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UCL Researchers Achieve Record 1.125Tbps Fibre Transmission

Steve McCaskill is editor of TechWeekEurope and ChannelBiz. He joined as a reporter in 2011 and covers all areas of IT, with a particular interest in telecommunications, mobile and networking, along with sports technology.

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Multi-channel transmissions system could make fibre terabit capable to cope with expected growth in network traffic

Researchers at University College London (UCL) have achieved a record transmission rate of 1.125Tbps on a fibre connection in a development that could dramatically increase the capacity of optical infrastructure.

A team at UCL’s Optical Networks Group used techniques commonly used to boost the capacity of wireless transmissions to create a multiple channel, single receiver system capable of coping with the anticipated growth in network traffic, fuelled by cloud services, online video and the Internet of Things (IoT).

Record fibre transmission

HP“This result is a milestone as it shows that terabit per second optical communications systems are possible in the quest to reach ever higher transmission capacities in optical fibres that carry the vast majority of all data generated or received,” explained Professor Polina Bayvel, the principal investigator of the UNLOC programme at UCL.

“A high-capacity digital communications infrastructure underpins the internet and is essential to all aspects of the digital economy and everyday lives.”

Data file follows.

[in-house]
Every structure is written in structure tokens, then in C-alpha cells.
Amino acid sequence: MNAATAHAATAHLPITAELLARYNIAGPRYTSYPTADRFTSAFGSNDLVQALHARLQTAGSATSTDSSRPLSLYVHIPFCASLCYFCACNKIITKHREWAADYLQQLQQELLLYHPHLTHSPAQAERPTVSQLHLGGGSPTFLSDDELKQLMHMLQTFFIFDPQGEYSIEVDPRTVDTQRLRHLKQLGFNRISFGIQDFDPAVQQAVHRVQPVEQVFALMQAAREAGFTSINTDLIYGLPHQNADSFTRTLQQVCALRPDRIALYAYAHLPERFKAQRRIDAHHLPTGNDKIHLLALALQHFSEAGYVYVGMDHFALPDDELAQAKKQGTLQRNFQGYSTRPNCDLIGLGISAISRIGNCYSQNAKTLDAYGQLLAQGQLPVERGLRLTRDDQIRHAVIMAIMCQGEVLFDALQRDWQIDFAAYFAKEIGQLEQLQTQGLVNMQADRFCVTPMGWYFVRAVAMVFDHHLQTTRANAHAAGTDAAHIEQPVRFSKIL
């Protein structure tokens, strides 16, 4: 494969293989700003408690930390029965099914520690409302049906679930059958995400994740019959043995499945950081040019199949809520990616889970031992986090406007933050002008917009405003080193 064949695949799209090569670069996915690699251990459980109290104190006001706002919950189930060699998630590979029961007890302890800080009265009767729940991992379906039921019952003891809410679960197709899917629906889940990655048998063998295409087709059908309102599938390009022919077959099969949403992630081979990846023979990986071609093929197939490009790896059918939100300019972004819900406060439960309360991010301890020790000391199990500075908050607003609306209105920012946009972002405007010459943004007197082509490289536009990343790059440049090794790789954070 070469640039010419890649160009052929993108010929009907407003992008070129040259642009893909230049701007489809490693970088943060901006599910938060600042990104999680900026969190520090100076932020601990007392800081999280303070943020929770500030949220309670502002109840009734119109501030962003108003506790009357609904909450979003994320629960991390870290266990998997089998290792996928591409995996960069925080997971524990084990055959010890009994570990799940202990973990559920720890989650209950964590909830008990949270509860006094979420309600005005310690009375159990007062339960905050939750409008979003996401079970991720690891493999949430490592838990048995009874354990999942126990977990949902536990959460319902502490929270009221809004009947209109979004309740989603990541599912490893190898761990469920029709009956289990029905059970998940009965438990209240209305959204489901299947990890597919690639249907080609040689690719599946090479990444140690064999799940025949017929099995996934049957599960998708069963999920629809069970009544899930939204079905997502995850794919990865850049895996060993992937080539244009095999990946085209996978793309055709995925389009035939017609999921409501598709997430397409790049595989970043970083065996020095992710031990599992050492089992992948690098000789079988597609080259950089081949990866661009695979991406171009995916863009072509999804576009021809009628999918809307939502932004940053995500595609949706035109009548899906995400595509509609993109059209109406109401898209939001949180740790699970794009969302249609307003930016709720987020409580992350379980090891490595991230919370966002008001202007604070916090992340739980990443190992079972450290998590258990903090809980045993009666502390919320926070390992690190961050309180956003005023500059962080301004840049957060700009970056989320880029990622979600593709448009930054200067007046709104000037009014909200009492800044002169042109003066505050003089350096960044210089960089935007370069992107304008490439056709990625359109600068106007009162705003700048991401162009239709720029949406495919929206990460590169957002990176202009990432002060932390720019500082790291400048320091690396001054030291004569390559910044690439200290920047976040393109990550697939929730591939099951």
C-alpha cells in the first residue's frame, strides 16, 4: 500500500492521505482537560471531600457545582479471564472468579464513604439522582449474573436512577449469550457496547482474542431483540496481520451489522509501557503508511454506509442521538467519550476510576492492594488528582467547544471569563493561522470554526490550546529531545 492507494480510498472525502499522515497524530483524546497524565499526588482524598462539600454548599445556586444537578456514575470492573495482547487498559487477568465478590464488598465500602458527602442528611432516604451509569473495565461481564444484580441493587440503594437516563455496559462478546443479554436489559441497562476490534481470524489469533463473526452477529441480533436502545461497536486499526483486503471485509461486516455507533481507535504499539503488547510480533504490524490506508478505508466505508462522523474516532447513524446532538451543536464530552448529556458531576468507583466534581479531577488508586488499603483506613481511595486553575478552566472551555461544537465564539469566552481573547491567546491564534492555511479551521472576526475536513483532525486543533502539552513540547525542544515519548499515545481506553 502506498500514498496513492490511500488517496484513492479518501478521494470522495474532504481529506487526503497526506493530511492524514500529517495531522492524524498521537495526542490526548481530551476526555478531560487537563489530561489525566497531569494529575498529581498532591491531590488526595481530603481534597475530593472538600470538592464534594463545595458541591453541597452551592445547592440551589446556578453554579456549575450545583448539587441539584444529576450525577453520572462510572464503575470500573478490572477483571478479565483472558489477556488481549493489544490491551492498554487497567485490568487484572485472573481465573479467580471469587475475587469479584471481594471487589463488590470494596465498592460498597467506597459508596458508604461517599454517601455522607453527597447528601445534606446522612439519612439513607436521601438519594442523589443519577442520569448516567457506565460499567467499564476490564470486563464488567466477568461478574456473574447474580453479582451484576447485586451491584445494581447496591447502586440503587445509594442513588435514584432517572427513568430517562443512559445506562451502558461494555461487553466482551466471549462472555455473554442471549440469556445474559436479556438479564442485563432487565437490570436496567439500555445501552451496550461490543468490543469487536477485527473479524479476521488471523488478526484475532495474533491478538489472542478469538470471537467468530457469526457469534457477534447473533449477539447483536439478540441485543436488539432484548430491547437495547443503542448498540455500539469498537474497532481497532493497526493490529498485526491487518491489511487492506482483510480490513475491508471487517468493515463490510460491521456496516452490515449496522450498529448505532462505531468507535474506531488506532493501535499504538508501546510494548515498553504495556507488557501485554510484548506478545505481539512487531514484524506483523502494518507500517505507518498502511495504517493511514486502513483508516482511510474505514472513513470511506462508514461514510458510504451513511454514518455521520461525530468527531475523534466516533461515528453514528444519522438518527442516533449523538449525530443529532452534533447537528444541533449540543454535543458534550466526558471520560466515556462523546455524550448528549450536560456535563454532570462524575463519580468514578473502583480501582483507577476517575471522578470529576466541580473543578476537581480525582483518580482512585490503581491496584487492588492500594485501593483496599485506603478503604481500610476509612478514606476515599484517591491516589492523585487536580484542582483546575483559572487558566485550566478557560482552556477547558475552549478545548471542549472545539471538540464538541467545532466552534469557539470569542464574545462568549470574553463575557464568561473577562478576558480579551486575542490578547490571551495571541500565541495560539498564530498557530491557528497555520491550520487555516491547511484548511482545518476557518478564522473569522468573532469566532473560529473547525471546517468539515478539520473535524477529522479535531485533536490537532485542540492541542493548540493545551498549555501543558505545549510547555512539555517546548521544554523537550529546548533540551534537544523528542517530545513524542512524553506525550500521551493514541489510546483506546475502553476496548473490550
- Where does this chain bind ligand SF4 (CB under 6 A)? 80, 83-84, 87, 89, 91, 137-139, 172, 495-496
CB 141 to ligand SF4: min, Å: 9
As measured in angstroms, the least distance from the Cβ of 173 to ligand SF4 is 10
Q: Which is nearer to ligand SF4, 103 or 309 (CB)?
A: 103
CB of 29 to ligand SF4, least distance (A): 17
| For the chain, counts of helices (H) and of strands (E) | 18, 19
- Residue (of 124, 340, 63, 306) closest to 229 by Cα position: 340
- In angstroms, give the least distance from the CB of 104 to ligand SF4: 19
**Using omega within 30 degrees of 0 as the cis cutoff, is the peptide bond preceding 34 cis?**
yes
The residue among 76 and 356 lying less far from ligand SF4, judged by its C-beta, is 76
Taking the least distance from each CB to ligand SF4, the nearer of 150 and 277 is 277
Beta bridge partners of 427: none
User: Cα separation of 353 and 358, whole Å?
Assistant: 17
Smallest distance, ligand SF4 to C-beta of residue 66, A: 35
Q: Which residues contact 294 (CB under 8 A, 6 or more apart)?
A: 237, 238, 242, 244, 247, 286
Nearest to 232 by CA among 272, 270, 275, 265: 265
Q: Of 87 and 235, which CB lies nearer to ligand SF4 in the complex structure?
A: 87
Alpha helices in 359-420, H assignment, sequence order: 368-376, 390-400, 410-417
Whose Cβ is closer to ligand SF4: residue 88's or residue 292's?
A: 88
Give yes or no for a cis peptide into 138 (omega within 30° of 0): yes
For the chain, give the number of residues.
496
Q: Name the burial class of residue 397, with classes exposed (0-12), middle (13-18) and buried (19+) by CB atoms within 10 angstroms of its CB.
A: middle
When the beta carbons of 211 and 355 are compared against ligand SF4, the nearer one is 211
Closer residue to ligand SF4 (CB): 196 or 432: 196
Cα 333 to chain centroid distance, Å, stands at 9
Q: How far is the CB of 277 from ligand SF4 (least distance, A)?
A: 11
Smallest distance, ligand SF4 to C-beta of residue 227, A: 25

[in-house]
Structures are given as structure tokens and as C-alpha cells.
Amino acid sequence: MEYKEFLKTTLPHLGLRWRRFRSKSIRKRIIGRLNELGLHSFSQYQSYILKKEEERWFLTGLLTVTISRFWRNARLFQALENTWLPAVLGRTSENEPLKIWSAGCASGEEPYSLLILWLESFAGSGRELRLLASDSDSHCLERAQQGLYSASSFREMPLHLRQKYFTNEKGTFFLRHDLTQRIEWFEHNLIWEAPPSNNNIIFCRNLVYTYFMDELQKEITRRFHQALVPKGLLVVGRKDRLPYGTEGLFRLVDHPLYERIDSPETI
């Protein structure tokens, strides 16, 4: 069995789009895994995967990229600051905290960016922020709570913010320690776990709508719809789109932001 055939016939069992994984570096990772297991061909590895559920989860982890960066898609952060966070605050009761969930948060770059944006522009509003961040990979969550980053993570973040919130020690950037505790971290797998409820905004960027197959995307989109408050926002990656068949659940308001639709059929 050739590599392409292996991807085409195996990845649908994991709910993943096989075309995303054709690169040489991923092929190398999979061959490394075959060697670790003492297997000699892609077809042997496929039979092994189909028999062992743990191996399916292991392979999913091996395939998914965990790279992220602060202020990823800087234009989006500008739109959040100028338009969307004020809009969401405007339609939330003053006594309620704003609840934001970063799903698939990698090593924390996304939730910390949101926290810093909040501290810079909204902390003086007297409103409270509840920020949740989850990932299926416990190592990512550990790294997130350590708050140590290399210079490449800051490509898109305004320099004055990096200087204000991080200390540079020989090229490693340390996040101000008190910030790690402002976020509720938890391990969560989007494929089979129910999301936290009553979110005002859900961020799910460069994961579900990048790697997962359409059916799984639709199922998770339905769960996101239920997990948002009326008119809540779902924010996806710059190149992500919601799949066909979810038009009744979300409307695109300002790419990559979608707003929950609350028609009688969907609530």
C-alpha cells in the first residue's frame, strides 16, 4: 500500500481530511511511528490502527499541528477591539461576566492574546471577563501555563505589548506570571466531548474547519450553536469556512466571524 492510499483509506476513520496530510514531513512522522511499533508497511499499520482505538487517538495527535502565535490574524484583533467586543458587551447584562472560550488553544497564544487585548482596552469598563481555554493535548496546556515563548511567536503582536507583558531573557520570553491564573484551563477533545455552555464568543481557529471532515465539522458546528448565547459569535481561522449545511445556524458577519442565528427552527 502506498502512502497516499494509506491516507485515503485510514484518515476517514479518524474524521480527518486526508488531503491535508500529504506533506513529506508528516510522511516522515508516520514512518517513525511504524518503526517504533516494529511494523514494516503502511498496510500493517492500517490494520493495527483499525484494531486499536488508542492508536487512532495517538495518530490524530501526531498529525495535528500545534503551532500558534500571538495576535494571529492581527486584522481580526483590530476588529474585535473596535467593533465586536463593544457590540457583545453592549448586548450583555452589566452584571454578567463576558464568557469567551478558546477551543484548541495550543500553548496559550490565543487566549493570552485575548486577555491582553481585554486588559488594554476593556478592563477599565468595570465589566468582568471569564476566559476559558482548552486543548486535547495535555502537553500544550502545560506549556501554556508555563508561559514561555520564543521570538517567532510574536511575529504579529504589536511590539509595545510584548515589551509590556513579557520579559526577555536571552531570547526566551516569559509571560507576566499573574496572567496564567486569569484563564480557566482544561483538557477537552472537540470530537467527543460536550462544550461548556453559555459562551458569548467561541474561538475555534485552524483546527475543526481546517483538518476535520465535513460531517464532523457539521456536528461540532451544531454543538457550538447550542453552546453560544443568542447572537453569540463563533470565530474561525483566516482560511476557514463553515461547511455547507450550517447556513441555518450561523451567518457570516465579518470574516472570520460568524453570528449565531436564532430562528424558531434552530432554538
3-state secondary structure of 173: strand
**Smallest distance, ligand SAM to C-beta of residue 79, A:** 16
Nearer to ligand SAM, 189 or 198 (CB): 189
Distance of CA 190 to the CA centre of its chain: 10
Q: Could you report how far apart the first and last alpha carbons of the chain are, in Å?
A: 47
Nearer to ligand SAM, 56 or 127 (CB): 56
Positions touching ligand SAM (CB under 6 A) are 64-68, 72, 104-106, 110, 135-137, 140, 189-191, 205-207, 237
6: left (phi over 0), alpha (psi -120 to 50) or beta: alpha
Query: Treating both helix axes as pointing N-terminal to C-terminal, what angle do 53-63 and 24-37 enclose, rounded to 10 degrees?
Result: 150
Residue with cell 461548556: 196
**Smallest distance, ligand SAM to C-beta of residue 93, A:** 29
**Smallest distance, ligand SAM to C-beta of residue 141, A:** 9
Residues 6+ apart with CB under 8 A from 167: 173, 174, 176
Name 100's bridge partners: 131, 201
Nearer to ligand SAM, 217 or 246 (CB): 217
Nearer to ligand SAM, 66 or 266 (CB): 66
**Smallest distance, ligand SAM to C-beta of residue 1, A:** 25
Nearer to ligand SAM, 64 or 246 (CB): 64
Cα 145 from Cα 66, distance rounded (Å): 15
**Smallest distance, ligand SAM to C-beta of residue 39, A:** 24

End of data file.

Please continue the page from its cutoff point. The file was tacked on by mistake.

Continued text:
The system created splits signals into 15 channels, allowing transmissions to adjust for distortions in system electronics. The channels are modulated using the 256QAM format used in cable modems and combined into a ‘super channel’ that is interpreted by the receiver.

The lab tests were designed to achieve the maximum data rates possible with the system and the researchers’ attention will now turn to see what realistic rates are possible in real world scenarios involving thousands of kilometres of fibre.

Future data demand

“Using high-bandwidth super-receivers enables us to receive an entire super-channel in one go,” added Lead researcher, Dr Robert Maher, UCL Electronic & Electrical Engineering. “Super-channels are becoming increasingly important for core optical communications systems, which transfer bulk data flows between large cities, countries or even continents.

“However, using a single receiver varies the levels of performance of each optical sub-channel so we had to finely optimise both the modulation format and code rate for each optical channel individually to maximise the net information data rate. This ultimately resulted in us achieving the greatest information rate ever recorded using a single receiver.”

Increasing the capacity of mobile and fixed networks to cope with growing demand for data has become a priority for the communications industry. Fujitsu and the Tokyo Institute of Technology recently achieved a record wireless transmission of 56Gbps, while BT has been able to reach 5Gbps on a copper cable using G.Fast.

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